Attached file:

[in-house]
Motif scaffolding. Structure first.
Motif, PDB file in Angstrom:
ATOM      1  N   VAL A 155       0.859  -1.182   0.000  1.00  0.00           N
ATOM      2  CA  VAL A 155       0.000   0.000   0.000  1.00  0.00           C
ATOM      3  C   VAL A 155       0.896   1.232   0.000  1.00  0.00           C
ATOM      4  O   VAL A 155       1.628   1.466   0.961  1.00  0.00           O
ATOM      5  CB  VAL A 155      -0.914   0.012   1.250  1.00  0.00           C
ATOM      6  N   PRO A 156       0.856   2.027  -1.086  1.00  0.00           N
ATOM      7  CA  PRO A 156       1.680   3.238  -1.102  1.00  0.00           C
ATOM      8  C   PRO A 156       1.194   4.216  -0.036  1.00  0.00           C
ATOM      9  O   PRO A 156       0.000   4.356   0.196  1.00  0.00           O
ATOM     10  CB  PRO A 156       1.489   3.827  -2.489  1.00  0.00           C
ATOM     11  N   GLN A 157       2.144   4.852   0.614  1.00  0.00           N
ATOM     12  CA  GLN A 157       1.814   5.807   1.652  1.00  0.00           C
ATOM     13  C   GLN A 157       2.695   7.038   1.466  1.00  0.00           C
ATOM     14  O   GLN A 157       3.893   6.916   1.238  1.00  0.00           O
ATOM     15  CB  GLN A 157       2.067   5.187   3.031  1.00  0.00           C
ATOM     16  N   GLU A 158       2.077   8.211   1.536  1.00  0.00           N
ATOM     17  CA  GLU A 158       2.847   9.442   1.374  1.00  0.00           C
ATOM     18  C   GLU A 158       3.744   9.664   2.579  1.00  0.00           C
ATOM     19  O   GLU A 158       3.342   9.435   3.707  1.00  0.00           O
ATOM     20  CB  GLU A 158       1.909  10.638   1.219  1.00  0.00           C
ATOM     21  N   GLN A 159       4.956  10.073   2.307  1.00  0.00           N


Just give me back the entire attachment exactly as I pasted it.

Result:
[in-house]
Motif scaffolding. Structure first.
Motif, PDB file in Angstrom:
ATOM      1  N   VAL A 155       0.859  -1.182   0.000  1.00  0.00           N
ATOM      2  CA  VAL A 155       0.000   0.000   0.000  1.00  0.00           C
ATOM      3  C   VAL A 155       0.896   1.232   0.000  1.00  0.00           C
ATOM      4  O   VAL A 155       1.628   1.466   0.961  1.00  0.00           O
ATOM      5  CB  VAL A 155      -0.914   0.012   1.250  1.00  0.00           C
ATOM      6  N   PRO A 156       0.856   2.027  -1.086  1.00  0.00           N
ATOM      7  CA  PRO A 156       1.680   3.238  -1.102  1.00  0.00           C
ATOM      8  C   PRO A 156       1.194   4.216  -0.036  1.00  0.00           C
ATOM      9  O   PRO A 156       0.000   4.356   0.196  1.00  0.00           O
ATOM     10  CB  PRO A 156       1.489   3.827  -2.489  1.00  0.00           C
ATOM     11  N   GLN A 157       2.144   4.852   0.614  1.00  0.00           N
ATOM     12  CA  GLN A 157       1.814   5.807   1.652  1.00  0.00           C
ATOM     13  C   GLN A 157       2.695   7.038   1.466  1.00  0.00           C
ATOM     14  O   GLN A 157       3.893   6.916   1.238  1.00  0.00           O
ATOM     15  CB  GLN A 157       2.067   5.187   3.031  1.00  0.00           C
ATOM     16  N   GLU A 158       2.077   8.211   1.536  1.00  0.00           N
ATOM     17  CA  GLU A 158       2.847   9.442   1.374  1.00  0.00           C
ATOM     18  C   GLU A 158       3.744   9.664   2.579  1.00  0.00           C
ATOM     19  O   GLU A 158       3.342   9.435   3.707  1.00  0.00           O
ATOM     20  CB  GLU A 158       1.909  10.638   1.219  1.00  0.00           C
ATOM     21  N   GLN A 159       4.956  10.073   2.307  1.00  0.00           N